May 23, 2018 | ° F

Commander introduces Navy ROTC program

Central Jersey Council of the Navy League members meet executive officer

Photo by Alex Van Driesen |

Commander James Crate, executive officer for the Navy ROTC on campus, speaks at the Rutgers Club on the College Avenue campus last night about the program.

The Central Jersey Council of the Navy League of the United States hosted a dinner last night at the Rutgers Club on the College Avenue campus, where Commander James Crate discussed the University’s Navy ROTC training program for aspiring naval officers.

“Given that we’re by the ocean, it does make some sense,” said Richard L. Edwards, University executive vice president for Academic Affairs. “It will provide a number of students with a way to access a quality university education through the scholarships that are provided.”

The University’s Board of Governors approved the establishment of a Department of Naval Science on campus that will staff naval personnel during the semester, said Angus Gillespie, president of the Central Jersey Council of the Navy League.

Students in the NROTC will train to become officers in the U.S. Navy or Marine Corps, he said.

The Navy will cover most of the expenses to maintain the program, excluding tuition costs, in which $1.16 million will establish the unit with an annual cost of $872,000, said Lt. Charity Hardison, a spokeswoman for Naval Service Training Command in a statement.

The University already has ROTC programs for the Army and Air Force, established in 1916 and 1952, respectively, Edwards said.

Nationwide, there are about 60 naval ROTC programs at more than 150 colleges and universities, Gillespie said. The University is the first in the state to have a naval training program in more than 40 years.

“We want the Navy to be a representative for all 50 states. To not have officers from one of the states is a disservice to the nation,” Crate said.

The council chose to host the dinner meeting to give Crate the opportunity to introduce himself to an organization that is interested in supporting the NROTC program at the University, said Daniel Dermer, chief of staff for the council.

Gillespie, professor in the Department of American Studies, said the University is the only non-Ivy League institution chosen by the U.S. Navy to have an NROTC program, in which Crate serves as the executive officer and Commander Philip Roos serves as the commanding officer.

“As an elite university with a diverse student body and a stellar international reputation in engineering and the sciences, Rutgers is a good fit with the NROTC program,” Hardison said in a statement.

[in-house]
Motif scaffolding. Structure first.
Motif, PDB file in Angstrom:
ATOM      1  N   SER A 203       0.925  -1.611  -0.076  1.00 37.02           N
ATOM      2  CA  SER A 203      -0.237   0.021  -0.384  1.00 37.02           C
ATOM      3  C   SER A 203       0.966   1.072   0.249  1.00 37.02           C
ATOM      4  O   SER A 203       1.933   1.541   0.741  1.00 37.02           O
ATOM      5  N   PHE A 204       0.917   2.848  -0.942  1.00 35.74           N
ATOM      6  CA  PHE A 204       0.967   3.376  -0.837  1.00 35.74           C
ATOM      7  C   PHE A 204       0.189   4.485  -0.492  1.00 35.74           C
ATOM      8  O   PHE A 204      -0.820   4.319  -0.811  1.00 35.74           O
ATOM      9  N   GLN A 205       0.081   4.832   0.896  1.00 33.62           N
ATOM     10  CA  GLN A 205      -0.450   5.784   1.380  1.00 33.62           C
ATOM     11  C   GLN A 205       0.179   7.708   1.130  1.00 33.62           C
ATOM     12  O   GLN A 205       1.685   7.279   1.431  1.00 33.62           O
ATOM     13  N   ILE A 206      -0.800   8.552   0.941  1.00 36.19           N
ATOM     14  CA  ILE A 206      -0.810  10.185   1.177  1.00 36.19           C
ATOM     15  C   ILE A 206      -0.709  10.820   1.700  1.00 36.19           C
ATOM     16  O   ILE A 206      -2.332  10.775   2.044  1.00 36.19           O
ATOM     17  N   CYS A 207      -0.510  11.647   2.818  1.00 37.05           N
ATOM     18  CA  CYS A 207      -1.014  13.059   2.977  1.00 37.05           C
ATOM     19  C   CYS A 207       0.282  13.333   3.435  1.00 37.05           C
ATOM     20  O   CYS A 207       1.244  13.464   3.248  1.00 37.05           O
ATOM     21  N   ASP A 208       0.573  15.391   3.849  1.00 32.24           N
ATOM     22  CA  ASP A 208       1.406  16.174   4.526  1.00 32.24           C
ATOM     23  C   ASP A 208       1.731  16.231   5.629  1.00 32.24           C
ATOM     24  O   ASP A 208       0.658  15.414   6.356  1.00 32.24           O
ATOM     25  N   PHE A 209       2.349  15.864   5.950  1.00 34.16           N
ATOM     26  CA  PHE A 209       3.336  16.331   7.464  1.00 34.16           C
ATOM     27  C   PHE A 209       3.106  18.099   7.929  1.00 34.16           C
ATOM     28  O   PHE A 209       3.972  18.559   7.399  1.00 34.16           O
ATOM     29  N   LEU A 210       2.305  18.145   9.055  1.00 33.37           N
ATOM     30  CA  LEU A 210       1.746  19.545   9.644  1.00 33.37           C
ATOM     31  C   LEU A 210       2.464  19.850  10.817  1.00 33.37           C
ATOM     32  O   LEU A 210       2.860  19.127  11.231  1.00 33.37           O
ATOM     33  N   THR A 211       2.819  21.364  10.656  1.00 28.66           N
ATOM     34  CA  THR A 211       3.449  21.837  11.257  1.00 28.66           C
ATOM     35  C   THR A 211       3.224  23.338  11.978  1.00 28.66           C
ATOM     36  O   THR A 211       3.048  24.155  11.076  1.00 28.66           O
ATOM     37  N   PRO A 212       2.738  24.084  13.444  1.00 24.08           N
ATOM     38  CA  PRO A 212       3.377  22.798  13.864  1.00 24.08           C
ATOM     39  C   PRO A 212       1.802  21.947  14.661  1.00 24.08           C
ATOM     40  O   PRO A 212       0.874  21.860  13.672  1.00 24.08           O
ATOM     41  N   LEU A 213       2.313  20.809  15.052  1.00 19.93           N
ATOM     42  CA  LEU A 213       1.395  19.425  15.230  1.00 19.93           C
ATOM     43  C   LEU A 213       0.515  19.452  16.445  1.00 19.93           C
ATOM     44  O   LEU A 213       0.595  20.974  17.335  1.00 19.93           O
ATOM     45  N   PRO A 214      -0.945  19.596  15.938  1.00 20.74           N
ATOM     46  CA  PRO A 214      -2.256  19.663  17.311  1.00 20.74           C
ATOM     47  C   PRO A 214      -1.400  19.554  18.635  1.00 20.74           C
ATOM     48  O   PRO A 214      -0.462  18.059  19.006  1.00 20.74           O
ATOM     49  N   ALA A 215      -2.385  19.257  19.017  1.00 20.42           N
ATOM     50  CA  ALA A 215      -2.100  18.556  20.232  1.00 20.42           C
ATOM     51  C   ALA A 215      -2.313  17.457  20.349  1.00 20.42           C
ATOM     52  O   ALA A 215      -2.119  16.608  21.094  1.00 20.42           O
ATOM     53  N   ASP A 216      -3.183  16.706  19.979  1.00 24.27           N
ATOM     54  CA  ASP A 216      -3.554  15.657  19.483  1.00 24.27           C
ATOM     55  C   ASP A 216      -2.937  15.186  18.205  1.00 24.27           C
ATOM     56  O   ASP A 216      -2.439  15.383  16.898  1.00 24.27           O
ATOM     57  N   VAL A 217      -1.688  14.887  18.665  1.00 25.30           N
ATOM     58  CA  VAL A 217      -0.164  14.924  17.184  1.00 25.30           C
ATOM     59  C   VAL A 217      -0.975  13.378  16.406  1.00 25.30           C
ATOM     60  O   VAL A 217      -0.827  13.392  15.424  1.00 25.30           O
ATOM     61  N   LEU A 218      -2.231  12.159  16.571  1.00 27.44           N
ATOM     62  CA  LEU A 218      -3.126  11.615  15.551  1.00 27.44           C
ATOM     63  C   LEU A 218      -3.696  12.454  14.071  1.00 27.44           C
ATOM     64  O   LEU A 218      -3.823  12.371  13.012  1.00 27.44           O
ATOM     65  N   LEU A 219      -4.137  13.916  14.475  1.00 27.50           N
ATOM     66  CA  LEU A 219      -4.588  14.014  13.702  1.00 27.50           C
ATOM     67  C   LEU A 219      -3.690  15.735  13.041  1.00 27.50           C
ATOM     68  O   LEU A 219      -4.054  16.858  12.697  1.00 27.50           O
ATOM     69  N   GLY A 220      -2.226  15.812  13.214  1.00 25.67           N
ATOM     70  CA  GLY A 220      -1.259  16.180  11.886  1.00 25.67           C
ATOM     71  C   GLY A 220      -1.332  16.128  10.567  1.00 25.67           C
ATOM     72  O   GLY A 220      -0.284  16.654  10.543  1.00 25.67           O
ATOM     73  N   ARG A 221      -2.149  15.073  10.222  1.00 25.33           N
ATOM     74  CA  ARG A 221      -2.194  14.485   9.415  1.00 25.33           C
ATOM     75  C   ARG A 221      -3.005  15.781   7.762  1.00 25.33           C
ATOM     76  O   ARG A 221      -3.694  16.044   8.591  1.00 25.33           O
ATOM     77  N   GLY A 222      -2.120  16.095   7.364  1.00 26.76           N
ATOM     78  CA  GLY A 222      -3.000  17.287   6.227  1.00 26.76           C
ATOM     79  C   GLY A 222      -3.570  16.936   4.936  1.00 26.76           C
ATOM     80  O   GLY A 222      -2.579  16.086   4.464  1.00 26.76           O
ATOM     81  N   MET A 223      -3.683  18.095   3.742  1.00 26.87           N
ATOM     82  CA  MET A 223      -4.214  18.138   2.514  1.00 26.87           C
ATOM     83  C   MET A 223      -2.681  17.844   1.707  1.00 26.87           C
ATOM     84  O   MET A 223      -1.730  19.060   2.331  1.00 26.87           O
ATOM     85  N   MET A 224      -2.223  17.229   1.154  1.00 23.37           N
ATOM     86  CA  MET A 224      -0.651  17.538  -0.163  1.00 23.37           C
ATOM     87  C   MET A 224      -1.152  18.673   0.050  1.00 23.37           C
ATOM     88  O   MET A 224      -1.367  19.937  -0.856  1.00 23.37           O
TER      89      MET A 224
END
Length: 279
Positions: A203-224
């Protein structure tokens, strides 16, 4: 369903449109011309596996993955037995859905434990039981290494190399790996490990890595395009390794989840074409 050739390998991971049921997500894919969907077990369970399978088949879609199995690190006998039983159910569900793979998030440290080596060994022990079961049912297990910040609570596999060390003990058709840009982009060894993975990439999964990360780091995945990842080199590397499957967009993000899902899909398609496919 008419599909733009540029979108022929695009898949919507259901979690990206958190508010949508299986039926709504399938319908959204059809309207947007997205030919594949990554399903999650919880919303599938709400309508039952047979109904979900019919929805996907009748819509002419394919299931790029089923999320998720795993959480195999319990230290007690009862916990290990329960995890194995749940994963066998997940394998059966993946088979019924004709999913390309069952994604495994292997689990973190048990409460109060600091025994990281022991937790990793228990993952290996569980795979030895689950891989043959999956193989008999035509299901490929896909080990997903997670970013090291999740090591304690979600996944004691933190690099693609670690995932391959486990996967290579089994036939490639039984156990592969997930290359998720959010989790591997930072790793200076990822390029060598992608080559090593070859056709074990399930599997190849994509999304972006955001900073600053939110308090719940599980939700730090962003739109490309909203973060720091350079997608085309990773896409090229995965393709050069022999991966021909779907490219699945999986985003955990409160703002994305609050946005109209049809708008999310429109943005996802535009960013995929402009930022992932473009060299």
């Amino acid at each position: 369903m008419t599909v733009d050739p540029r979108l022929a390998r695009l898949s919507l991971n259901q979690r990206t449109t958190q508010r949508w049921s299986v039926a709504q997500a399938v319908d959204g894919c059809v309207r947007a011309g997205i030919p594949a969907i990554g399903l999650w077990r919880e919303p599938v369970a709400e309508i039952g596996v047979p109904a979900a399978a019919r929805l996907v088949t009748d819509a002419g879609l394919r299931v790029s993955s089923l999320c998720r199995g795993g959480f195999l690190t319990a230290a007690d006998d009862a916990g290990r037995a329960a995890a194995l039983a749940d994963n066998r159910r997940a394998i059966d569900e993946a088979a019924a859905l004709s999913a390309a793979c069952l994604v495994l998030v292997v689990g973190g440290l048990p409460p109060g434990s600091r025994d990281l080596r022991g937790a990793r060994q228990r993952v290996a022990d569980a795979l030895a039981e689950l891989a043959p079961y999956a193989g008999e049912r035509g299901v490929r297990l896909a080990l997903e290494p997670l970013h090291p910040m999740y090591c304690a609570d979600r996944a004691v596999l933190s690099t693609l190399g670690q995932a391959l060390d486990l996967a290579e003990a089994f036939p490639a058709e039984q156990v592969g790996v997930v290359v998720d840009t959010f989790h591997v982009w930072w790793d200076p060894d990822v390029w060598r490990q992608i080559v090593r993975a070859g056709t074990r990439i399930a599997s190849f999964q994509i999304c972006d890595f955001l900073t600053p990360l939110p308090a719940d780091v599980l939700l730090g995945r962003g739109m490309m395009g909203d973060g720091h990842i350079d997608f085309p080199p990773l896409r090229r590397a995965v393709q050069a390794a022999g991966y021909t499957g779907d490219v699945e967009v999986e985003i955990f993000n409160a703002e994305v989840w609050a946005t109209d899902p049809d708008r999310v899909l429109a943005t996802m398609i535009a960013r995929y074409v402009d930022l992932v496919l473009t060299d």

Crate said the University’s involvement with the Navy would benefit the school on an individual and community level.

“Don’t you want Rutgers graduates out there representing the maritime services?” Crate said to the crowd. “Don’t you want the Rutgers perspective to influence the United States?”

He said individuals enlisted in the University NROTC program could enjoy both the college experience and the benefits the Navy has to offer.

The program offers selected students a scholarship that covers tuition, fees and the cost of textbooks for four years, along with a monthly stipend of up to $400, Edwards said. In exchange, students commit to serve as an officer for five years after graduation.

NROTC enlistees also have the unique opportunity to participate in summer cruises to see U.S. Navy ships all over the world, Crate said.

Through the cruises, students can experience a flavor of what it is like to be in the Navy in four to six weeks, he said.

Besides naval science courses, students also participate in physical training, unit drills and leadership training while completing requirements for their chosen major, Gillespie said.

Eleven University first-year students are currently enrolled in the program. Officials anticipate enrollment to grow between 65 to 90 students, Edwards said. The goal after four years is to have at least 15 graduates going into the officer corps annually.

The council is made up of non-military families who help military families and educate the general public about what maritime services do, Dermer said.

“The Central Jersey Council supports the sea services in ways the government cannot, to show that there are citizens that appreciate the hard work the [maritime services] are doing,” Gillespie said.

Some services include holding banquets and distributing certificates to deserving maritime personal, he said.

By Alex Meier

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